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Ask the Medical Expert Archives 2000-2004

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Adult Chicken Pox
July 2000

Q. My husband is 27, and suffering with chicken pox. I mean suffering! He is lethargic and feverish. He gets up only to use the restroom. He said his stomach is for the most part upset, and his throat is painful enough to not swallow easily. His face and under his hair is so covered, that you can't see any smooth skin. He has them on the tops of his eyelids, and one in his mouth. Are these normal reactions? How can I help him be more comfortable?

A. Chicken Pox is a viral illness caused by Herpes Varicella-Zoster. In children it is usually a mild illness characterized by a blistery red rash, fever, and malaise. It usually is self-limited and resolves without treatment. However, in adults it tends to be more serious often causing a much more painful rash. It can also cause pneumonia (lung infection) with occasional respiratory failure. Therefore, in adults with chicken pox, it is reasonable to use antiviral meds that have been shown to help reduce the severity of the illness. I like Valtrex which is dosed 1 gram three times per day for 7 to 10 days.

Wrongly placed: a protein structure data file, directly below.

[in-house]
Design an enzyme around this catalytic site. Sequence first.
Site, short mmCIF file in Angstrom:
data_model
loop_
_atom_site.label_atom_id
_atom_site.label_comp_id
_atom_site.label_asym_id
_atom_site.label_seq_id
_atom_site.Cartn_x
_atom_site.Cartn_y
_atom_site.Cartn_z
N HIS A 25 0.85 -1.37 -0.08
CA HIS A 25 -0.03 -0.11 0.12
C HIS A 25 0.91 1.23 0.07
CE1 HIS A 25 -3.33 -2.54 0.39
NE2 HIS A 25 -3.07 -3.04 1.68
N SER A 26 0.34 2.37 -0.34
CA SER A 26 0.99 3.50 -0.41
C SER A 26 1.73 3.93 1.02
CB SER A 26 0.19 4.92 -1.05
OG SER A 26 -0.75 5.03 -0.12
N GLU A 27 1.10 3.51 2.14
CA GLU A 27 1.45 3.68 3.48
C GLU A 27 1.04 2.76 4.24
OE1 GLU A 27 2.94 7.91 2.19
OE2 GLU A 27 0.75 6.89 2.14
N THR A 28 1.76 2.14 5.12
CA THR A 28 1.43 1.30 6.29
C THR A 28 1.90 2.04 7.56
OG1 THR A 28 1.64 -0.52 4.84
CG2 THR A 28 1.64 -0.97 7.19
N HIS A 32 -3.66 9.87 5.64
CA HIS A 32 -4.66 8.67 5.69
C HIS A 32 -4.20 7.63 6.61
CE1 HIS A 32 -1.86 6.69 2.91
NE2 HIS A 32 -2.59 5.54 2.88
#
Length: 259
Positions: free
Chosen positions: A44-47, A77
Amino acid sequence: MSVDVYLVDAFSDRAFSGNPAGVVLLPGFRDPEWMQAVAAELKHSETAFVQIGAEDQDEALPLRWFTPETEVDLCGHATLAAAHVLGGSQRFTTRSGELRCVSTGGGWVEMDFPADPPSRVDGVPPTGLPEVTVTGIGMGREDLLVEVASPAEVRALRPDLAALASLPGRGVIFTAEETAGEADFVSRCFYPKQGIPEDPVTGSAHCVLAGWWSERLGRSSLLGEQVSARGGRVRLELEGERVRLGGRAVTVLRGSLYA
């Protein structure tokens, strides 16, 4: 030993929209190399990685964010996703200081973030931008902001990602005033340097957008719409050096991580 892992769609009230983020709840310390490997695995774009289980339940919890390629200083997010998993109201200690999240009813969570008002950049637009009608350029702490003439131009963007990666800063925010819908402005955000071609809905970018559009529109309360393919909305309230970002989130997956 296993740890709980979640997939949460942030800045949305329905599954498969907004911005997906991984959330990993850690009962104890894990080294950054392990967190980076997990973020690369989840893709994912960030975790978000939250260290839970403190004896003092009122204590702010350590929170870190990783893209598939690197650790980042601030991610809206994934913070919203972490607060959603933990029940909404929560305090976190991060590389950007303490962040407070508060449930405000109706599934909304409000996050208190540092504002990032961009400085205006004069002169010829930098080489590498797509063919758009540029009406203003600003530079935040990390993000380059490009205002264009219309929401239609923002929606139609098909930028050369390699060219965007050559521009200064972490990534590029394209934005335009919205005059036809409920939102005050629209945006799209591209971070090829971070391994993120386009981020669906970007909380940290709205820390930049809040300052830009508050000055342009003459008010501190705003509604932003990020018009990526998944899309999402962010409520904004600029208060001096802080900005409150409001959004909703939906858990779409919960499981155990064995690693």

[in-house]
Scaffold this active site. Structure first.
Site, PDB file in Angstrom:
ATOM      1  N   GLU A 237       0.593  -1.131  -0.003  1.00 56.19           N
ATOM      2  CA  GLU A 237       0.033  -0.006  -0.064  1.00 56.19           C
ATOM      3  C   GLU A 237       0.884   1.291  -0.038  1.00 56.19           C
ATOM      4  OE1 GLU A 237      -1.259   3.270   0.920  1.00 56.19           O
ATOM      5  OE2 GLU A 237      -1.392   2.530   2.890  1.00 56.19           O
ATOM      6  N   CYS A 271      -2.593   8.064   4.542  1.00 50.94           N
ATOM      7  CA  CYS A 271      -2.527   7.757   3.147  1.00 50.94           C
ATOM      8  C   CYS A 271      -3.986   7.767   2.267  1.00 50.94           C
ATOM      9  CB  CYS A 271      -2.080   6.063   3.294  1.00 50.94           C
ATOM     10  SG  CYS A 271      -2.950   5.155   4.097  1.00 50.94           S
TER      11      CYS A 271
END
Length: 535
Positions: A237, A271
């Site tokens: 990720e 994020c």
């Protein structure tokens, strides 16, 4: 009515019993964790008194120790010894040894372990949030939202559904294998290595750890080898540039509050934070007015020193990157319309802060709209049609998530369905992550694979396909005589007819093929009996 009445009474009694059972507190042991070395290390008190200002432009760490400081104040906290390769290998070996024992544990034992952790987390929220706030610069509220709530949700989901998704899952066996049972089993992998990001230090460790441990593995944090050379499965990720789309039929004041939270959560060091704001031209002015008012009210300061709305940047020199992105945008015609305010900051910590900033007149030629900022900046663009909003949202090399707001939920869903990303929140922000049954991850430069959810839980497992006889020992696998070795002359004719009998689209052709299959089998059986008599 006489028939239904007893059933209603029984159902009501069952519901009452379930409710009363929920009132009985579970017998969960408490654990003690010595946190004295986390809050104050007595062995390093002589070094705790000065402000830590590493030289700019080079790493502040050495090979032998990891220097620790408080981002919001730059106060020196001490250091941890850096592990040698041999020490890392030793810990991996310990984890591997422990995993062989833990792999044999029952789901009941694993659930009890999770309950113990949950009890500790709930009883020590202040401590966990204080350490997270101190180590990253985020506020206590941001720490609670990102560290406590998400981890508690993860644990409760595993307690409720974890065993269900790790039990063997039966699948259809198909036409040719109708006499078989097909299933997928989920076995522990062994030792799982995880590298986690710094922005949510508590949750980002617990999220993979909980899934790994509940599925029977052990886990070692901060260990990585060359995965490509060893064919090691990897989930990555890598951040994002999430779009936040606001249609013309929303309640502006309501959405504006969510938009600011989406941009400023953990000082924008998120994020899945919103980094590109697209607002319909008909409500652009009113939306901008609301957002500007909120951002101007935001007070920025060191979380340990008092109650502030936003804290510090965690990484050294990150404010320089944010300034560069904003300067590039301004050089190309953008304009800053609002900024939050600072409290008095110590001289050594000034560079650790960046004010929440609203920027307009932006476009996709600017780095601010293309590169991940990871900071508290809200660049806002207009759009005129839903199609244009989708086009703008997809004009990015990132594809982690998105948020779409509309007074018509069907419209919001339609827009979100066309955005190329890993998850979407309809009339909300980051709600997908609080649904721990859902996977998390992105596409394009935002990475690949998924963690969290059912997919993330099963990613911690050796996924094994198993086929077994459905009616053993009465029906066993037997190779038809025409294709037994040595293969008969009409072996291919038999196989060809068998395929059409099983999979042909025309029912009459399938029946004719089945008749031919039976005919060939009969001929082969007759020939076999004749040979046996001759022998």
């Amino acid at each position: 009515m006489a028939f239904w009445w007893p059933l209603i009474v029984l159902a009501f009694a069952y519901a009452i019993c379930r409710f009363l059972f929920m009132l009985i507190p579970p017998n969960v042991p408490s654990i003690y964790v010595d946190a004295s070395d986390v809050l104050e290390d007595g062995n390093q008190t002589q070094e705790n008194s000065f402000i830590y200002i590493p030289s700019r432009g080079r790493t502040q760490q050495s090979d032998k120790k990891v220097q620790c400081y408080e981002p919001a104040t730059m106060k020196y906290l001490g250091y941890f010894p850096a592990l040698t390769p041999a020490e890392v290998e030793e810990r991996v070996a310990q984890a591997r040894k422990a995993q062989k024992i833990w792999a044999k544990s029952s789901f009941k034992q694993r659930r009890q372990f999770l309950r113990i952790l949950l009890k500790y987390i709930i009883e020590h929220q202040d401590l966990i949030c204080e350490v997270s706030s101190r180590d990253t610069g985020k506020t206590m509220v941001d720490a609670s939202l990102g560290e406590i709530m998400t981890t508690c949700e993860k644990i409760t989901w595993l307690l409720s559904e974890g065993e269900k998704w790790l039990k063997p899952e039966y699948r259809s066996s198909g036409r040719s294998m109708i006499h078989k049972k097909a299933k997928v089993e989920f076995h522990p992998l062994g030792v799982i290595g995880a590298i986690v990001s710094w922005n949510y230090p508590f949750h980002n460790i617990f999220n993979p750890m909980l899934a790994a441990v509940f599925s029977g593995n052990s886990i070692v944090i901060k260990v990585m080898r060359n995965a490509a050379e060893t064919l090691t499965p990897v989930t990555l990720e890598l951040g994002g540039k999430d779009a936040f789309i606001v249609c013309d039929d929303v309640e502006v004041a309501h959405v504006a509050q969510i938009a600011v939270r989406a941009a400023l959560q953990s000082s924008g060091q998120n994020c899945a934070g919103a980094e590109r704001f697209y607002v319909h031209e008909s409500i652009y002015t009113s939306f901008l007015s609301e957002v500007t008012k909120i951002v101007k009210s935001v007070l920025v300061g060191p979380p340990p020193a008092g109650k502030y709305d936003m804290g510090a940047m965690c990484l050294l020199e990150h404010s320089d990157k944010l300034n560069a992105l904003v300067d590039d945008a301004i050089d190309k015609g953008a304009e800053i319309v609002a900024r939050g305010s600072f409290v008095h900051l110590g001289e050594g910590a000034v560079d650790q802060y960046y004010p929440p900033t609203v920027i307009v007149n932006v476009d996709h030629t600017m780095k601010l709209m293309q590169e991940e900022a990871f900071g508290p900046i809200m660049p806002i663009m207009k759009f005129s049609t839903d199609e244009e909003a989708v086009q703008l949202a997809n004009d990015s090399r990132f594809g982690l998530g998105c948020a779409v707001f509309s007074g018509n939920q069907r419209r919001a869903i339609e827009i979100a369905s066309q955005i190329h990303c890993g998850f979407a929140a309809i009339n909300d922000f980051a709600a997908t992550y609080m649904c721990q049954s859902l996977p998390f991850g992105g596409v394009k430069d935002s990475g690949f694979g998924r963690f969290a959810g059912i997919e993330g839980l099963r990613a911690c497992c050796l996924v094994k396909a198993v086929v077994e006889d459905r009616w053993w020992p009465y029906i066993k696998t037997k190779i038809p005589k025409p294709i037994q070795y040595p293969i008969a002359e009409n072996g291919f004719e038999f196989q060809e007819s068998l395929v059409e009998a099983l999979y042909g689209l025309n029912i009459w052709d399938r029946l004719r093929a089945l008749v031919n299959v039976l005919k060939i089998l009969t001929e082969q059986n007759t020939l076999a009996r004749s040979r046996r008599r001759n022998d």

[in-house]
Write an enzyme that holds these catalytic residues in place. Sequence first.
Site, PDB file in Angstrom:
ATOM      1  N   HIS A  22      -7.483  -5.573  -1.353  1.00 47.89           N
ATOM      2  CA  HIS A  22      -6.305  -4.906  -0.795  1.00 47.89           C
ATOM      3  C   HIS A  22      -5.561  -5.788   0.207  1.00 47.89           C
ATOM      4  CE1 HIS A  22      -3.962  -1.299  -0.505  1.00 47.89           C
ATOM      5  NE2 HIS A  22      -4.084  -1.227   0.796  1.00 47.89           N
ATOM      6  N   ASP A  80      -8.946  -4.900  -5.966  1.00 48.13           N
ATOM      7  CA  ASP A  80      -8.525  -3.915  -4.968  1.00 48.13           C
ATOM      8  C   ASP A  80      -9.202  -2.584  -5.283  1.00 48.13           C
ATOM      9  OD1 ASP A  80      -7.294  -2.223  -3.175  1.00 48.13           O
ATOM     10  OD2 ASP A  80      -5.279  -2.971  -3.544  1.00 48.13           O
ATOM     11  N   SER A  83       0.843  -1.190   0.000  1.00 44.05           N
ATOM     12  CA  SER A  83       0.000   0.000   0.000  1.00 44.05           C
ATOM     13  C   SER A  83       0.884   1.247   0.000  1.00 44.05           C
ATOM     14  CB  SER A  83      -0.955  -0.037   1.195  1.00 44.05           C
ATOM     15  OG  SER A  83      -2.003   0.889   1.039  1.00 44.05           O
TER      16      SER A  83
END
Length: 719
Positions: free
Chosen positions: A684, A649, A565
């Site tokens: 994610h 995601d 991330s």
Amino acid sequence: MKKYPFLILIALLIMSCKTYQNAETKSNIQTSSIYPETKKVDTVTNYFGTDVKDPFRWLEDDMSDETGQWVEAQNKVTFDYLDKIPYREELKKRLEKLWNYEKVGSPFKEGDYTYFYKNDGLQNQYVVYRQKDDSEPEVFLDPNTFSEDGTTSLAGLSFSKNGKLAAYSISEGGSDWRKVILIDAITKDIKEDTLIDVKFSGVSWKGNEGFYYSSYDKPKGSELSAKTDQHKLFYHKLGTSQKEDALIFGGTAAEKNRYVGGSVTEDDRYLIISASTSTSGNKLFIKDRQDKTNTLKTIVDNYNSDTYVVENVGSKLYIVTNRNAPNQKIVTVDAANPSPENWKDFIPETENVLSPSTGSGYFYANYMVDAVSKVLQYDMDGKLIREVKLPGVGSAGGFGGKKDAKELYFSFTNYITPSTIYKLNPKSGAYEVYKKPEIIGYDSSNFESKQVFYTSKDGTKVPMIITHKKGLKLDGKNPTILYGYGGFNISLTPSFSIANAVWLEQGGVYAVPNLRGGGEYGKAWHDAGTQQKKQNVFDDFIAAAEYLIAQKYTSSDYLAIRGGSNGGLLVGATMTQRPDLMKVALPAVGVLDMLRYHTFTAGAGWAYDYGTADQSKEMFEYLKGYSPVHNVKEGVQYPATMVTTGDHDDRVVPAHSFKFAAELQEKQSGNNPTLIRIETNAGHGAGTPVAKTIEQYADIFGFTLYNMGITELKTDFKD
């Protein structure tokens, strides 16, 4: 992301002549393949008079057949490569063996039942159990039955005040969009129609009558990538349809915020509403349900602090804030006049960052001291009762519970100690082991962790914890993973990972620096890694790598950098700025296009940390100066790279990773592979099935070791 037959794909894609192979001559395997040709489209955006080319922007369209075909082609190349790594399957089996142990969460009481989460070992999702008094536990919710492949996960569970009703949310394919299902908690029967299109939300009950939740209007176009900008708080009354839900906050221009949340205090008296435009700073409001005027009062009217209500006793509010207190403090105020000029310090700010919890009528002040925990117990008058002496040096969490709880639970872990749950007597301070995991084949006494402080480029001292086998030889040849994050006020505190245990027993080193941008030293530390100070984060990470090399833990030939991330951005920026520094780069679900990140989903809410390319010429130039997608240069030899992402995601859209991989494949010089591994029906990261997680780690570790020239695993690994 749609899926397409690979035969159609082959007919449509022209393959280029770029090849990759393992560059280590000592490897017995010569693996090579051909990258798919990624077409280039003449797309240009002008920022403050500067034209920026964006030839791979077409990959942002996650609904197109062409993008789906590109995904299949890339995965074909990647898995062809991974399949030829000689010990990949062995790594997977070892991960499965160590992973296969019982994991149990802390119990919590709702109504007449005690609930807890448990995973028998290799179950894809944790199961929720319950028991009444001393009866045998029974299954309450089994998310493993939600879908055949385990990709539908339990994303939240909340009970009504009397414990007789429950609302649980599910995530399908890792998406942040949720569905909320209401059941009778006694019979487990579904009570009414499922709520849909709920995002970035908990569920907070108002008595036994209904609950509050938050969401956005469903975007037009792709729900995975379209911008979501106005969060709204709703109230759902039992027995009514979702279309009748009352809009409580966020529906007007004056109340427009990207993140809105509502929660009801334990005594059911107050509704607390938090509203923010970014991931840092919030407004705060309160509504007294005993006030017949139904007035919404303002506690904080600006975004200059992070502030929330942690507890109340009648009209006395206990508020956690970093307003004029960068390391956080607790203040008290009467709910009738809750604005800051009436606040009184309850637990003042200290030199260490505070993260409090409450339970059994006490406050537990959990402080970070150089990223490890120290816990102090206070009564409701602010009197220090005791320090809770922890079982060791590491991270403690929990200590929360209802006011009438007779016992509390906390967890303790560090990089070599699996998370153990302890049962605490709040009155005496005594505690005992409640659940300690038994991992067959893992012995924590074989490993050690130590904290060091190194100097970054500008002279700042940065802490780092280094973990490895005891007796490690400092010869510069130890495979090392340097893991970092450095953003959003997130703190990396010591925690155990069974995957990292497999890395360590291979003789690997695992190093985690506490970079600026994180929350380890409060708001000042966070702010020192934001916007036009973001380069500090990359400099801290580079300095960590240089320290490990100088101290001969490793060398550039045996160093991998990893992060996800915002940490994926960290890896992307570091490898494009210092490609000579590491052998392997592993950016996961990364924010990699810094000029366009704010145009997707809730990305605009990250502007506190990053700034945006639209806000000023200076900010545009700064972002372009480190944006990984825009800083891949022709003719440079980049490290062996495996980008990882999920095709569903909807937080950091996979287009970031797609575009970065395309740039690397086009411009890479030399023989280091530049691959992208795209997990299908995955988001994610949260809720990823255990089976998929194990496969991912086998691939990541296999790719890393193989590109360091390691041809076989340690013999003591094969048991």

However, in order to be effective, it needs to be started as soon as possible once the rash is noted. If not started within 72 hours, antiviral treatment does not help. Other measures such as keeping the skin as clean as possible may reduce the risk of bacterial skin infection. Domeboro soaks (Aluminum acetate) can also be soothing for the skin. Pain relievers such as Motrin or even Narcotics such as Vicodin may be needed for pain control.

Contagious precautions should be done as the virus can be spread by cough droplets or by the blister fluid containing virus. It is recommended that all children, and adults who are at risk of getting chicken pox who have never had them as a kid, receive the chicken pox vaccine, except if one is immune deficient, such as HIV patients and pregnant patients should not get this live virus vaccine. Overall, the prognosis is good and by now I hope your husband is pretty much recovered.

Ref: http://www.cdc.gov/ncidod/hip/abc/facts05.htm

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